Thinking about a new job? A recruiter can help you find it. While most recruiters are hired by companies (not by you) to find job candidates, they have to have meaningful contacts with people like you. Here’s how you can rise to the top of any recruiter’s list:
1. Do be open to a discussion.
Even if you are content in your current job, if a recruiter contacts you, take the call or reply to the email. “You never want to turn away a conversation,” says Eileen Chadnick, certified coach and principal at Big Cheese Coaching in Toronto and writer of the blog TGIM Work-Life. “You’ll be seen as an accessible person. You might not be looking today but you might be six months from now if your company changes direction.”
What if you want to change jobs but aren’t enthusiastic about the position the recruiter has available? It’s still a good idea to make a connection and talk about what you are looking for, says Jessa Chupik, a Toronto-based executive search consultant with Four Corners Group.
2. Don’t put all your eggs in one basket.
Even if you’re working with a promising recruiter who has found you the dream opportunity, don’t end your search there. “A recruiter is only one facet in your job search strategy,” says Chadnick. “You also need to network, to scour all other opportunities, whether it be regularly checking job boards or cold-calling organizations to set up meetings.”
3. Don’t let your guard down.
Bonded with your recruiter over several coffee meetings? While it’s tempting to tell him or her about what you really think about your current job, don’t go there. “Recruiters may be the intermediaries, but consider your meetings [with them] like interviews with the direct hiring manager,” says Chadnick.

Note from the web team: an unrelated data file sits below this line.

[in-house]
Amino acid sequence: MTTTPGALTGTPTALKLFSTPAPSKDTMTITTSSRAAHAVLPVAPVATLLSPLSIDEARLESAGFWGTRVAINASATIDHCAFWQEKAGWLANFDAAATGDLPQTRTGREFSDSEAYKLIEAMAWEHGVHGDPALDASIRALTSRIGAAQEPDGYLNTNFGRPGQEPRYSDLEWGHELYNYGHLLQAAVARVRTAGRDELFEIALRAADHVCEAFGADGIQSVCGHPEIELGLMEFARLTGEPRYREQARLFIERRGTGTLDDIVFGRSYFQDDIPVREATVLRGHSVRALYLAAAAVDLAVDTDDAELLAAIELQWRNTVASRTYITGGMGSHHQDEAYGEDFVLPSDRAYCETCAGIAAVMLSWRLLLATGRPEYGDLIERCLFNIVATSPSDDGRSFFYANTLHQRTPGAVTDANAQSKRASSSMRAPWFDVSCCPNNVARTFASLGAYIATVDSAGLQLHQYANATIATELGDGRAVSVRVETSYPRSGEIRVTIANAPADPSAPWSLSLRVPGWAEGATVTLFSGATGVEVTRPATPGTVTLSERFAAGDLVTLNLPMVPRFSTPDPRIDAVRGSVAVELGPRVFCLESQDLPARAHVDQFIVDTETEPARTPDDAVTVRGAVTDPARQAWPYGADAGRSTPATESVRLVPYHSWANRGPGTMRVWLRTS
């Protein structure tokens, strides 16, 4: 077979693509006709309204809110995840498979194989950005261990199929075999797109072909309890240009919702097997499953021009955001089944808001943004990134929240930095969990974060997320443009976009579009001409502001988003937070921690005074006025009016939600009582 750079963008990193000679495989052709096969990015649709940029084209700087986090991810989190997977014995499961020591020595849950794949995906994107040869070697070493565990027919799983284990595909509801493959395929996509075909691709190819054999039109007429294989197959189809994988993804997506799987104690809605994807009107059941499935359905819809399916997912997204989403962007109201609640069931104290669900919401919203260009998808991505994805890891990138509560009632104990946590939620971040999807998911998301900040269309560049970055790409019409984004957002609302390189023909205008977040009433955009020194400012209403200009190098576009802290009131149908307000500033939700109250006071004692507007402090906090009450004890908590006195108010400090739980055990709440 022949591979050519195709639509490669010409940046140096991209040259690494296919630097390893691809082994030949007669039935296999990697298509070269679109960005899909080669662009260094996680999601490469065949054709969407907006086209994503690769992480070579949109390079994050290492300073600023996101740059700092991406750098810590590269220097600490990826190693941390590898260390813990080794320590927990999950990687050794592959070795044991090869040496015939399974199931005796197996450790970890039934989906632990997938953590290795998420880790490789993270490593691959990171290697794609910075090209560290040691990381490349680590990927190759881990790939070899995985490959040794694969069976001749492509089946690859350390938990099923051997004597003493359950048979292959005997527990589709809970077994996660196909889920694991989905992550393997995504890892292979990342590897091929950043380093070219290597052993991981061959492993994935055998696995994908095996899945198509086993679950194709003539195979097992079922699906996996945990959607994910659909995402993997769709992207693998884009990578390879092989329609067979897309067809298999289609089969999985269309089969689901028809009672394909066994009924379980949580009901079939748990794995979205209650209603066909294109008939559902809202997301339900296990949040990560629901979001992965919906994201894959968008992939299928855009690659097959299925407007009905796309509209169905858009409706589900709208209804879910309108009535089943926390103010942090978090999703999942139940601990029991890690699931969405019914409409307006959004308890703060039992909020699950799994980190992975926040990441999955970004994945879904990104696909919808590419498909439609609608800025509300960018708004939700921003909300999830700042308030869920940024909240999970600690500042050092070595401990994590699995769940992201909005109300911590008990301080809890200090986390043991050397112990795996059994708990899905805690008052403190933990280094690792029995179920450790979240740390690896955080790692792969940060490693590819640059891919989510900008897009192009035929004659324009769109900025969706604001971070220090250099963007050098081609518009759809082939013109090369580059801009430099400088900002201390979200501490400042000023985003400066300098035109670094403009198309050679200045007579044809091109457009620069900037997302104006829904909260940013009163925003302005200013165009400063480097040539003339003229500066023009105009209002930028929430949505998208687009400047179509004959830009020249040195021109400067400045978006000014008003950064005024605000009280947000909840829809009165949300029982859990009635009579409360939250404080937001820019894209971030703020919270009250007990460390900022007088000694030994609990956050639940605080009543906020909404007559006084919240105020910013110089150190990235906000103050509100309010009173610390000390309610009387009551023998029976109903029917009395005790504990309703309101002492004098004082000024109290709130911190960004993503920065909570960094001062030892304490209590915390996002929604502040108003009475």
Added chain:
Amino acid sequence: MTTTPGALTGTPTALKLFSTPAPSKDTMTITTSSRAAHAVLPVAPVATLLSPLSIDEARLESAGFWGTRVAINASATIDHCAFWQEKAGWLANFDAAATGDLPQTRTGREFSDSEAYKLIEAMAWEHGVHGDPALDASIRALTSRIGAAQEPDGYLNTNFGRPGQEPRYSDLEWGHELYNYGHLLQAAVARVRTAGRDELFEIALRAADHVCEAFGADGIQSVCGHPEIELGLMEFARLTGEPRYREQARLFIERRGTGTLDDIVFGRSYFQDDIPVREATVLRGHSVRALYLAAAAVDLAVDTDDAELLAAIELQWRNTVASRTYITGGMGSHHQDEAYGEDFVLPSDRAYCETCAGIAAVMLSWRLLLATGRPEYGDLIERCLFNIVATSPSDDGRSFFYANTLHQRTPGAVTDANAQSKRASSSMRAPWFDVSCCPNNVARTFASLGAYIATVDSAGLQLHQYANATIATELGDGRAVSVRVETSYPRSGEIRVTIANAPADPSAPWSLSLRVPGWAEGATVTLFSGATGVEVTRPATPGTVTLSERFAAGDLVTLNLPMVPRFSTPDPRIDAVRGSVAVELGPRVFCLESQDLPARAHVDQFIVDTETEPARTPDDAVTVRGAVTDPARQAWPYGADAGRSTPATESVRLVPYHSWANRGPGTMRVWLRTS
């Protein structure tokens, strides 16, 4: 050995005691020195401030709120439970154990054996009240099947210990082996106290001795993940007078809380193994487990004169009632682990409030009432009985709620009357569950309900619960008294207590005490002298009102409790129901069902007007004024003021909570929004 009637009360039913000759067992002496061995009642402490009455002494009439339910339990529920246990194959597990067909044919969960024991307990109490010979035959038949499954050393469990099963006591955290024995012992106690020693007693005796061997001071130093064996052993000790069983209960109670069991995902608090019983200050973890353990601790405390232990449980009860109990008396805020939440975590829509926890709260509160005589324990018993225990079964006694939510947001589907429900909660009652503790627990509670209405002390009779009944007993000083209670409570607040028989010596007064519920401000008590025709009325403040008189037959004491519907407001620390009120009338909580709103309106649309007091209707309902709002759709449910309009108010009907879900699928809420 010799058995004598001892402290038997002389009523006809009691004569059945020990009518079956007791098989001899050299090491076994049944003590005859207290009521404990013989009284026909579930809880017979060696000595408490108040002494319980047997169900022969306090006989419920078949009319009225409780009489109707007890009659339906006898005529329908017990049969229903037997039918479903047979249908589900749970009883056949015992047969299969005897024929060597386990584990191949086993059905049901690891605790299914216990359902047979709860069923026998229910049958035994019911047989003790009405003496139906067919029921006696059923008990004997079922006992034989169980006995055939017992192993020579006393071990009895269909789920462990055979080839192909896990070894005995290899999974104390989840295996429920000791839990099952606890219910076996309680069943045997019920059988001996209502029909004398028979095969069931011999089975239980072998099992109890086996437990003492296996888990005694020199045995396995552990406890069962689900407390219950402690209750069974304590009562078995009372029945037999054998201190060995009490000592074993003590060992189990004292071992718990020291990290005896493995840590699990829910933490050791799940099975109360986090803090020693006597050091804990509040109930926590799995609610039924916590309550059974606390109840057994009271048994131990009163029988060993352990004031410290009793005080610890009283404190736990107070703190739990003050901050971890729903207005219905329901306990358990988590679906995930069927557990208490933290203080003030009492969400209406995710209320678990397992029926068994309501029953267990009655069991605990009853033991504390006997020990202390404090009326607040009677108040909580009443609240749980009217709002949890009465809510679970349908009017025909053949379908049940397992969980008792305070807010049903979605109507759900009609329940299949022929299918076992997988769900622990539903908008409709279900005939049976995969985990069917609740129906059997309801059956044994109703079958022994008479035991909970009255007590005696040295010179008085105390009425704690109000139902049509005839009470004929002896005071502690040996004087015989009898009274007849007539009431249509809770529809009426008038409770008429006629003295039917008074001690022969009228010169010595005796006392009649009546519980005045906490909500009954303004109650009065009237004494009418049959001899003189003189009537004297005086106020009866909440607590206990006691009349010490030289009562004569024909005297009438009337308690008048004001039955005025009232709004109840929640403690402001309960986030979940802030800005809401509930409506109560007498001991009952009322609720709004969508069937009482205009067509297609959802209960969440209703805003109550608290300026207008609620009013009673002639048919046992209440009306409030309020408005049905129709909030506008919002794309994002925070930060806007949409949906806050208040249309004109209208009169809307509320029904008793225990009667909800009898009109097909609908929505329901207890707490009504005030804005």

4. Do your homework.
If you’re a professional engineer, don’t call up a recruiter who focuses on the healthcare industry, says Chupik. Make sure the fit is right. Do some research online to find the best recruiter for your position, sector and years of experience. Once you think you’ve found someone appropriate, be prepared to articulate the type of position you want and what best qualifies you for the role. Chupik notes that many job candidates reach out to her hoping she’ll be able to answer that for them. “It’s a waste of my time and their time,” she says.
5. Do stay in touch.
That doesn’t mean emailing the recruiters every month to find out about new positions. Remember, relationships are a two-way street. Stand out from the pack by offering value to recruiters, suggests Ross Woledge, an associate with Odgers Berndtson. “See what they are working on, offer to help with any challenging searches they have. If you give them a tip that your last company is doing some hiring, for example, that’s top value and then they will in turn go out of their way for you.”
If you made an impression with a recruiter but weren’t the selected candidate and ended up somewhere else, drop the recruiter a note with your new coordinates. “You just never know,” says Chadnick. “Careers are marathons, not sprints. Even if the right recruiter doesn’t find you the right job now, she might find you one once you’ve gained new experience elsewhere.”
More job-hunting tips:
- Planning a career change?
- Five ways social media can help you find a job
- Five key strategies for coping with job loss
- Networking: More than just swapping business cards
Advice from Eileen Chadnick on preparing for retirement: Seven questions to ask yourself before you retire.
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